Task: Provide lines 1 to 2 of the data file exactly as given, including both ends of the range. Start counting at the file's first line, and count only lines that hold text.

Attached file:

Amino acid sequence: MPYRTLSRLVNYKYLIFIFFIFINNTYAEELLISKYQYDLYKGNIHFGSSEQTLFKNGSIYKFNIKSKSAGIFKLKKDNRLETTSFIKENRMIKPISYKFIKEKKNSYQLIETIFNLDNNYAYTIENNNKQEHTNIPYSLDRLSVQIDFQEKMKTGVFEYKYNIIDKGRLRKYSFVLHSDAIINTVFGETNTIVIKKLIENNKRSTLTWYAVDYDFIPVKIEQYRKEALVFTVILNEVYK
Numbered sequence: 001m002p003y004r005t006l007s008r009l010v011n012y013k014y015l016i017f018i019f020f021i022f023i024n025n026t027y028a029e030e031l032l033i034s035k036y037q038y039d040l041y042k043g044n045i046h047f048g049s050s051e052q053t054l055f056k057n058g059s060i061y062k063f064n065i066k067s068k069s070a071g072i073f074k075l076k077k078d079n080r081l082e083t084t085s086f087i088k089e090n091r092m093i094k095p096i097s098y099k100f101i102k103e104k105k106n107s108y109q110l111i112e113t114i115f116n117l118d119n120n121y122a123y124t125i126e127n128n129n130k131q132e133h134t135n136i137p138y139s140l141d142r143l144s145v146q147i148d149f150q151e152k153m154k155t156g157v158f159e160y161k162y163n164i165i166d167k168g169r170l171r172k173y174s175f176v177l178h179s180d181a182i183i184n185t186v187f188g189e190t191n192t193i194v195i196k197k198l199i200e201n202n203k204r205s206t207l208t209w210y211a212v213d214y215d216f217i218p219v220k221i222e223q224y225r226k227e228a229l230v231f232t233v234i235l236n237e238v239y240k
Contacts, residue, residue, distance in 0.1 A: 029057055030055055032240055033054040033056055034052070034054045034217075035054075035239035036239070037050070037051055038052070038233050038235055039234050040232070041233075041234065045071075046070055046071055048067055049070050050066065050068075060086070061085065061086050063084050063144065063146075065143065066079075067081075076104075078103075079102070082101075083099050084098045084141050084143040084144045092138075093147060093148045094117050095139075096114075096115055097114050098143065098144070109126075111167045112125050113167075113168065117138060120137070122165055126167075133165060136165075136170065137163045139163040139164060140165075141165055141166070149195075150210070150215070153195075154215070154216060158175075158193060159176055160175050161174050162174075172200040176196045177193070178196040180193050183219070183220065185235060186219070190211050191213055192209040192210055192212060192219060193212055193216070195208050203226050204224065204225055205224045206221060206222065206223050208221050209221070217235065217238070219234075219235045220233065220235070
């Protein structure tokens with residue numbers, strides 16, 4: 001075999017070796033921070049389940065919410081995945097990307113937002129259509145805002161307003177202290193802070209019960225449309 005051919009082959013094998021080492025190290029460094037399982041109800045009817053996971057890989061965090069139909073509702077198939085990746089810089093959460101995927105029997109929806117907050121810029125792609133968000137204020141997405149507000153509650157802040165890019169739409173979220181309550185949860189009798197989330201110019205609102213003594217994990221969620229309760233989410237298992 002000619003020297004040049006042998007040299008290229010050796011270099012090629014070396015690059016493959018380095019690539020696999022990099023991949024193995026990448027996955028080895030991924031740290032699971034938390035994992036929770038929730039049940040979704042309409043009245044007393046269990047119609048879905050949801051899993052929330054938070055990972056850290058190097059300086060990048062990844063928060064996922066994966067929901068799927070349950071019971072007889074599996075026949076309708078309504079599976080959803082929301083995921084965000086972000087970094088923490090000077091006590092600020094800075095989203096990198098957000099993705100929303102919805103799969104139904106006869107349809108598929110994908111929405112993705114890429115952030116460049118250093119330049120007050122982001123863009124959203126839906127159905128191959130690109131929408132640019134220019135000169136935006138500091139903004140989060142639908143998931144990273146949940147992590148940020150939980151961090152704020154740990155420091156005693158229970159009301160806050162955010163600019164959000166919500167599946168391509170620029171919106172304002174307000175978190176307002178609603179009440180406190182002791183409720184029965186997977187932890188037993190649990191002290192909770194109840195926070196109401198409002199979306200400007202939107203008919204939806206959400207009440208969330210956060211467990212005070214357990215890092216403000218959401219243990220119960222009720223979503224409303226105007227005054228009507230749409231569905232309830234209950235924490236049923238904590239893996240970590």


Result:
Amino acid sequence: MPYRTLSRLVNYKYLIFIFFIFINNTYAEELLISKYQYDLYKGNIHFGSSEQTLFKNGSIYKFNIKSKSAGIFKLKKDNRLETTSFIKENRMIKPISYKFIKEKKNSYQLIETIFNLDNNYAYTIENNNKQEHTNIPYSLDRLSVQIDFQEKMKTGVFEYKYNIIDKGRLRKYSFVLHSDAIINTVFGETNTIVIKKLIENNKRSTLTWYAVDYDFIPVKIEQYRKEALVFTVILNEVYK
Numbered sequence: 001m002p003y004r005t006l007s008r009l010v011n012y013k014y015l016i017f018i019f020f021i022f023i024n025n026t027y028a029e030e031l032l033i034s035k036y037q038y039d040l041y042k043g044n045i046h047f048g049s050s051e052q053t054l055f056k057n058g059s060i061y062k063f064n065i066k067s068k069s070a071g072i073f074k075l076k077k078d079n080r081l082e083t084t085s086f087i088k089e090n091r092m093i094k095p096i097s098y099k100f101i102k103e104k105k106n107s108y109q110l111i112e113t114i115f116n117l118d119n120n121y122a123y124t125i126e127n128n129n130k131q132e133h134t135n136i137p138y139s140l141d142r143l144s145v146q147i148d149f150q151e152k153m154k155t156g157v158f159e160y161k162y163n164i165i166d167k168g169r170l171r172k173y174s175f176v177l178h179s180d181a182i183i184n185t186v187f188g189e190t191n192t193i194v195i196k197k198l199i200e201n202n203k204r205s206t207l208t209w210y211a212v213d214y215d216f217i218p219v220k221i222e223q224y225r226k227e228a229l230v231f232t233v234i235l236n237e238v239y240k